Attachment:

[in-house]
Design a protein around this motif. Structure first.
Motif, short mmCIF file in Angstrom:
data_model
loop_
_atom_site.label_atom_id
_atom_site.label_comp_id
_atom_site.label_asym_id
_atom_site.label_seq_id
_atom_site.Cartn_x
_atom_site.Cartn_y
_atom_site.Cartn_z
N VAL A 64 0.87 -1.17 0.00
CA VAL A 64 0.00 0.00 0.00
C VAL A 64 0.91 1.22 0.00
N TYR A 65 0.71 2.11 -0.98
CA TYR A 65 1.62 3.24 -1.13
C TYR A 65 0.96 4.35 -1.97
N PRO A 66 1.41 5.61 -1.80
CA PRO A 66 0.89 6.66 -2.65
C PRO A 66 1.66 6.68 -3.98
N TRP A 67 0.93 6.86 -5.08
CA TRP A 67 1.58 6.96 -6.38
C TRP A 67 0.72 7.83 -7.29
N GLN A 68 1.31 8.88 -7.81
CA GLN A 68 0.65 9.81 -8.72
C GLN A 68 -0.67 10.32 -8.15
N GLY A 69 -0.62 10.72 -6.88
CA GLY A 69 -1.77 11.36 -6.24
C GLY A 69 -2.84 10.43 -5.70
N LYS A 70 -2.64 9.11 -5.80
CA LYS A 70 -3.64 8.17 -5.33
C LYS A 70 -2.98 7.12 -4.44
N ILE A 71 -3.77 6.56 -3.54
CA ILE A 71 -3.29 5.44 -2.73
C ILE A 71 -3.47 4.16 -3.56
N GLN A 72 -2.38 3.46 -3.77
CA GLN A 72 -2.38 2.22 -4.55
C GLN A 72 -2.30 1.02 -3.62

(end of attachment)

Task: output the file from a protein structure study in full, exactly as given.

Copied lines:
[in-house]
Design a protein around this motif. Structure first.
Motif, short mmCIF file in Angstrom:
data_model
loop_
_atom_site.label_atom_id
_atom_site.label_comp_id
_atom_site.label_asym_id
_atom_site.label_seq_id
_atom_site.Cartn_x
_atom_site.Cartn_y
_atom_site.Cartn_z
N VAL A 64 0.87 -1.17 0.00
CA VAL A 64 0.00 0.00 0.00
C VAL A 64 0.91 1.22 0.00
N TYR A 65 0.71 2.11 -0.98
CA TYR A 65 1.62 3.24 -1.13
C TYR A 65 0.96 4.35 -1.97
N PRO A 66 1.41 5.61 -1.80
CA PRO A 66 0.89 6.66 -2.65
C PRO A 66 1.66 6.68 -3.98
N TRP A 67 0.93 6.86 -5.08
CA TRP A 67 1.58 6.96 -6.38
C TRP A 67 0.72 7.83 -7.29
N GLN A 68 1.31 8.88 -7.81
CA GLN A 68 0.65 9.81 -8.72
C GLN A 68 -0.67 10.32 -8.15
N GLY A 69 -0.62 10.72 -6.88
CA GLY A 69 -1.77 11.36 -6.24
C GLY A 69 -2.84 10.43 -5.70
N LYS A 70 -2.64 9.11 -5.80
CA LYS A 70 -3.64 8.17 -5.33
C LYS A 70 -2.98 7.12 -4.44
N ILE A 71 -3.77 6.56 -3.54
CA ILE A 71 -3.29 5.44 -2.73
C ILE A 71 -3.47 4.16 -3.56
N GLN A 72 -2.38 3.46 -3.77
CA GLN A 72 -2.38 2.22 -4.55
C GLN A 72 -2.30 1.02 -3.62